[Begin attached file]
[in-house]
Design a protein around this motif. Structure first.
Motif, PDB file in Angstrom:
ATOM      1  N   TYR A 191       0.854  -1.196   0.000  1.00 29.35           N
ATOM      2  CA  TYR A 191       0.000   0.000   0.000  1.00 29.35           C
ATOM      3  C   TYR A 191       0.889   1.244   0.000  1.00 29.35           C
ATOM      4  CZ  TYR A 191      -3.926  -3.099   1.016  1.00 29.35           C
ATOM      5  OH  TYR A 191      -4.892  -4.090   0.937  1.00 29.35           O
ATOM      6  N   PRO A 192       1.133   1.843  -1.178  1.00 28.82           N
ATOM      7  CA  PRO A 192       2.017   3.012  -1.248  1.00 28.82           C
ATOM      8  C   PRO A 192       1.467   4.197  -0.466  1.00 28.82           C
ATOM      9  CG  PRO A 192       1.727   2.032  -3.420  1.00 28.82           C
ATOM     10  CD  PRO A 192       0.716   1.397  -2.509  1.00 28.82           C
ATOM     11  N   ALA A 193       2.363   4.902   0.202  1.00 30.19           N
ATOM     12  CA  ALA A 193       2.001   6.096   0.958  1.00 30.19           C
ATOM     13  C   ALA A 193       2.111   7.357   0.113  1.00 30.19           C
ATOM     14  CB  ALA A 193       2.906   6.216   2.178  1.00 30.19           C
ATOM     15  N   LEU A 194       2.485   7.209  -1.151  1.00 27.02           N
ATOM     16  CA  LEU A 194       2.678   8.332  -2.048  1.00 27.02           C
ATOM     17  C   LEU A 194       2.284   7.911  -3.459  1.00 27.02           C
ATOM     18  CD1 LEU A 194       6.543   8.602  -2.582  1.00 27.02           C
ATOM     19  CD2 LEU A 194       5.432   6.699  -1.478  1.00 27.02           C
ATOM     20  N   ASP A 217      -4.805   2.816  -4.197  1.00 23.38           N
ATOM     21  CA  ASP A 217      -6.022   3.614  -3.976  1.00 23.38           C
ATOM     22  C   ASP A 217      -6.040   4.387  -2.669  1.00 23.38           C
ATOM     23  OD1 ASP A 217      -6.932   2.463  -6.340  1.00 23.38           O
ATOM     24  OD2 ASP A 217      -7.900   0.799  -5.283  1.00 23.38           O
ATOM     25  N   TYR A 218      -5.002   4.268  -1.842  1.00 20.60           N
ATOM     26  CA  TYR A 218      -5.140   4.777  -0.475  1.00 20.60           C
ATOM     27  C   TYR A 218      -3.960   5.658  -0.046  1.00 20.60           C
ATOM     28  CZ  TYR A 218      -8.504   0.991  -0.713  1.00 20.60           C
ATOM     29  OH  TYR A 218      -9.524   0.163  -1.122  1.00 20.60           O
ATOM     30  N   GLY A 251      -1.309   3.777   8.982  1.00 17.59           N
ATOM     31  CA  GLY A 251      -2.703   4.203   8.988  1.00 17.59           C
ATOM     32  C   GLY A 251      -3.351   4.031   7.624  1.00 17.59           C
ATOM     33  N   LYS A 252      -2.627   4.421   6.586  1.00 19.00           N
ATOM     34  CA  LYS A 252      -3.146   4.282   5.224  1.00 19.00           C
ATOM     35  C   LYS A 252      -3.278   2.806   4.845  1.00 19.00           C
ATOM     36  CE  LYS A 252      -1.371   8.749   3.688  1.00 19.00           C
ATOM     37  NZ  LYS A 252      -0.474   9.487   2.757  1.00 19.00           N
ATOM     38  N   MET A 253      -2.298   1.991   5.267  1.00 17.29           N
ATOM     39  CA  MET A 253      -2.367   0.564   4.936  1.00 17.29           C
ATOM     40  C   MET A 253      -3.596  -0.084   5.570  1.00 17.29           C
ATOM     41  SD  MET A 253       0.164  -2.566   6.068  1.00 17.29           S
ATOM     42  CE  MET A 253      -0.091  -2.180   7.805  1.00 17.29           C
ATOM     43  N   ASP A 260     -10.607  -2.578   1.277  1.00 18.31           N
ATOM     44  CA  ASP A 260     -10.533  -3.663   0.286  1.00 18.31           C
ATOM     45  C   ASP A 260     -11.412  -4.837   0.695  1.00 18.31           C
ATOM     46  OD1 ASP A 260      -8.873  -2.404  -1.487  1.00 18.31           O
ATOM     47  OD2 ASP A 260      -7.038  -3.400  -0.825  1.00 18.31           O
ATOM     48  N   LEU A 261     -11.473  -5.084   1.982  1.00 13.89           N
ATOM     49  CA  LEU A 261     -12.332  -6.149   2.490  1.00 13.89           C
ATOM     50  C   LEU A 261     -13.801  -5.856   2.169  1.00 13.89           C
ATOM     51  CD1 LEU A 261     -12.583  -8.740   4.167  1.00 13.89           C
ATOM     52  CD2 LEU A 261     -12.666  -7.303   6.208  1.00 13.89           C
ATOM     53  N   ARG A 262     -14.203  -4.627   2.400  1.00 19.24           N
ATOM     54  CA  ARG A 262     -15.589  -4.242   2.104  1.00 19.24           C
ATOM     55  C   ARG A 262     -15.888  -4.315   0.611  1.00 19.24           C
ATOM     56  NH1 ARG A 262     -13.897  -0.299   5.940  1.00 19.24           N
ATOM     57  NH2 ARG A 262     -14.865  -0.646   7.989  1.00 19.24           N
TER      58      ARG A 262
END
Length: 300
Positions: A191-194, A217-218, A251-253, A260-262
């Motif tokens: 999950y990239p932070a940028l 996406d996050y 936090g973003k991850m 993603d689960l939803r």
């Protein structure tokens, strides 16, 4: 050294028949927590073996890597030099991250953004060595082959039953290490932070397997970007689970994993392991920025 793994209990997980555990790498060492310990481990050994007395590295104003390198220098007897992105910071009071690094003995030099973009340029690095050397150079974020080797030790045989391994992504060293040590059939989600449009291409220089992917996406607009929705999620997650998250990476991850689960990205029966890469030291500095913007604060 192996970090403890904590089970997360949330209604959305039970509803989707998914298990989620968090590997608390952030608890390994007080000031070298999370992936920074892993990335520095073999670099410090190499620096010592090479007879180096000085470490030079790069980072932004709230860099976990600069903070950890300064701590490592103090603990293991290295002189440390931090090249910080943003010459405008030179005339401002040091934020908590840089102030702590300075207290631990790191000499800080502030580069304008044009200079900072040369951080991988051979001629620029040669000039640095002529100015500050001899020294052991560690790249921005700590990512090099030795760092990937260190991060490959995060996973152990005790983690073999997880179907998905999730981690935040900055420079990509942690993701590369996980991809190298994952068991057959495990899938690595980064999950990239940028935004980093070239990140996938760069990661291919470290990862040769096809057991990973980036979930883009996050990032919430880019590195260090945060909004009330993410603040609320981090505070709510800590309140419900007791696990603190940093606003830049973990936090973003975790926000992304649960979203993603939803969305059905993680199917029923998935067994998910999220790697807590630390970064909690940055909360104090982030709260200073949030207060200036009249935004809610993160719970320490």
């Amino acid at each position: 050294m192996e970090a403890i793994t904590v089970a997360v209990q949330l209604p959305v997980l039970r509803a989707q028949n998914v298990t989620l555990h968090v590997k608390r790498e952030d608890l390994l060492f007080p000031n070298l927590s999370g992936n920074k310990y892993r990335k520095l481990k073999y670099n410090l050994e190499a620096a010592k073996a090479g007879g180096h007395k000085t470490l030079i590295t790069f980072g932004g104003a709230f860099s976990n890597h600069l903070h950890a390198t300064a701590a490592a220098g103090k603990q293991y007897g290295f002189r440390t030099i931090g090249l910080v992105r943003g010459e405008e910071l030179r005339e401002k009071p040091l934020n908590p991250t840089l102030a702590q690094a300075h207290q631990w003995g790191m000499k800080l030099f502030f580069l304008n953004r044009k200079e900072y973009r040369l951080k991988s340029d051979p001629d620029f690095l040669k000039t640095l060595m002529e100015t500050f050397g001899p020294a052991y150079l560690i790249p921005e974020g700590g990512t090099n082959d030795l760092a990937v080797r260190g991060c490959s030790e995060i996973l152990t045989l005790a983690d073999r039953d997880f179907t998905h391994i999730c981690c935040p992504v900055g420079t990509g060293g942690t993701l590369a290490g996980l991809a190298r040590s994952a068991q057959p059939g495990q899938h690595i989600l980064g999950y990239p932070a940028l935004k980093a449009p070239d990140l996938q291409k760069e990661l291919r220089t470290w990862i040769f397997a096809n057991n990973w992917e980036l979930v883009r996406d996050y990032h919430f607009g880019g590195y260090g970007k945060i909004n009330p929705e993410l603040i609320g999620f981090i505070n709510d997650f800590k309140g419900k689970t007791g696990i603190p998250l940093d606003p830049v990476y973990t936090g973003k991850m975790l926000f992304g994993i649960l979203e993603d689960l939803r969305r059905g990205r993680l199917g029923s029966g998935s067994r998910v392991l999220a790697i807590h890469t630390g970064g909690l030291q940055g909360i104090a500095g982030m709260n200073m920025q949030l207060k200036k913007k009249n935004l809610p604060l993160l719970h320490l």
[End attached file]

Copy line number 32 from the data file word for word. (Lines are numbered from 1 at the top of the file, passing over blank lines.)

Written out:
ATOM     29  OH  TYR A 218      -9.524   0.163  -1.122  1.00 20.60           O